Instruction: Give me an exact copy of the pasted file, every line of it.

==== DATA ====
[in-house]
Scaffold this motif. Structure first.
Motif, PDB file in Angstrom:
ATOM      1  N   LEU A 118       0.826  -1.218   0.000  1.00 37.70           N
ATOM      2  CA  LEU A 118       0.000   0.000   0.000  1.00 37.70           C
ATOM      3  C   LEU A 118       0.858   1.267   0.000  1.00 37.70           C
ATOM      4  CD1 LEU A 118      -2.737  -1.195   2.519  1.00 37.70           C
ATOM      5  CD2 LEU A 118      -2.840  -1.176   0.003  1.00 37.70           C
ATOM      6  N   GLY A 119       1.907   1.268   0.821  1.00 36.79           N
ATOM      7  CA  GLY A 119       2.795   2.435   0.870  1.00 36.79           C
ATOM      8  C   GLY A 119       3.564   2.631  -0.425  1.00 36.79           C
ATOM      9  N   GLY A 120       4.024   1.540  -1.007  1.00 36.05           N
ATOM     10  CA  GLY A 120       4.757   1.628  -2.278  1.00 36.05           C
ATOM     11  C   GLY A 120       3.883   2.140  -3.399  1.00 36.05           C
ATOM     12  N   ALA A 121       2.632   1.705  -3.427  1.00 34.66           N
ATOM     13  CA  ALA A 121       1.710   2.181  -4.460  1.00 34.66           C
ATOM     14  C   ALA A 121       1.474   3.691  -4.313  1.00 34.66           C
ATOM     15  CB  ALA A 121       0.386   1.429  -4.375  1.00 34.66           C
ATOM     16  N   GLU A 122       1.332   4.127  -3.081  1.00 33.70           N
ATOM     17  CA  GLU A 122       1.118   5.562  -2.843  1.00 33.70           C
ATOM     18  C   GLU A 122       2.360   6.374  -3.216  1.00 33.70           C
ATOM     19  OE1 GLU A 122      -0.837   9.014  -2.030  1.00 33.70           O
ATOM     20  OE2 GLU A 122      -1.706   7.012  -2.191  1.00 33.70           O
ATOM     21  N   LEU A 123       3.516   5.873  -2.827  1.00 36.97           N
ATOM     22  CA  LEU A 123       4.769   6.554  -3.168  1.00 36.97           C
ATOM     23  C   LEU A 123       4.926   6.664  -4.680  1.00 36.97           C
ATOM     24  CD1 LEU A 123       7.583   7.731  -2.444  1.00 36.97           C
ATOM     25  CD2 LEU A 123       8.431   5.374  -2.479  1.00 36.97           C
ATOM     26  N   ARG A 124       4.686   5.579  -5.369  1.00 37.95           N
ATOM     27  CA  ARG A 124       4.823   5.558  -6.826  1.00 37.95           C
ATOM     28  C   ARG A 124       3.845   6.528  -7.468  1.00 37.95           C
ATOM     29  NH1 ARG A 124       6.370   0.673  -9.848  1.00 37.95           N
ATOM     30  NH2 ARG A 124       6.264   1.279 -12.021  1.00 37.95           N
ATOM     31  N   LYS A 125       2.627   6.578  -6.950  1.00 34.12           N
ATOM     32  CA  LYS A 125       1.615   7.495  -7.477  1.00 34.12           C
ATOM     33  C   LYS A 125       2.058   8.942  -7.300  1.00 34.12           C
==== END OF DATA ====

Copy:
[in-house]
Scaffold this motif. Structure first.
Motif, PDB file in Angstrom:
ATOM      1  N   LEU A 118       0.826  -1.218   0.000  1.00 37.70           N
ATOM      2  CA  LEU A 118       0.000   0.000   0.000  1.00 37.70           C
ATOM      3  C   LEU A 118       0.858   1.267   0.000  1.00 37.70           C
ATOM      4  CD1 LEU A 118      -2.737  -1.195   2.519  1.00 37.70           C
ATOM      5  CD2 LEU A 118      -2.840  -1.176   0.003  1.00 37.70           C
ATOM      6  N   GLY A 119       1.907   1.268   0.821  1.00 36.79           N
ATOM      7  CA  GLY A 119       2.795   2.435   0.870  1.00 36.79           C
ATOM      8  C   GLY A 119       3.564   2.631  -0.425  1.00 36.79           C
ATOM      9  N   GLY A 120       4.024   1.540  -1.007  1.00 36.05           N
ATOM     10  CA  GLY A 120       4.757   1.628  -2.278  1.00 36.05           C
ATOM     11  C   GLY A 120       3.883   2.140  -3.399  1.00 36.05           C
ATOM     12  N   ALA A 121       2.632   1.705  -3.427  1.00 34.66           N
ATOM     13  CA  ALA A 121       1.710   2.181  -4.460  1.00 34.66           C
ATOM     14  C   ALA A 121       1.474   3.691  -4.313  1.00 34.66           C
ATOM     15  CB  ALA A 121       0.386   1.429  -4.375  1.00 34.66           C
ATOM     16  N   GLU A 122       1.332   4.127  -3.081  1.00 33.70           N
ATOM     17  CA  GLU A 122       1.118   5.562  -2.843  1.00 33.70           C
ATOM     18  C   GLU A 122       2.360   6.374  -3.216  1.00 33.70           C
ATOM     19  OE1 GLU A 122      -0.837   9.014  -2.030  1.00 33.70           O
ATOM     20  OE2 GLU A 122      -1.706   7.012  -2.191  1.00 33.70           O
ATOM     21  N   LEU A 123       3.516   5.873  -2.827  1.00 36.97           N
ATOM     22  CA  LEU A 123       4.769   6.554  -3.168  1.00 36.97           C
ATOM     23  C   LEU A 123       4.926   6.664  -4.680  1.00 36.97           C
ATOM     24  CD1 LEU A 123       7.583   7.731  -2.444  1.00 36.97           C
ATOM     25  CD2 LEU A 123       8.431   5.374  -2.479  1.00 36.97           C
ATOM     26  N   ARG A 124       4.686   5.579  -5.369  1.00 37.95           N
ATOM     27  CA  ARG A 124       4.823   5.558  -6.826  1.00 37.95           C
ATOM     28  C   ARG A 124       3.845   6.528  -7.468  1.00 37.95           C
ATOM     29  NH1 ARG A 124       6.370   0.673  -9.848  1.00 37.95           N
ATOM     30  NH2 ARG A 124       6.264   1.279 -12.021  1.00 37.95           N
ATOM     31  N   LYS A 125       2.627   6.578  -6.950  1.00 34.12           N
ATOM     32  CA  LYS A 125       1.615   7.495  -7.477  1.00 34.12           C
ATOM     33  C   LYS A 125       2.058   8.942  -7.300  1.00 34.12           C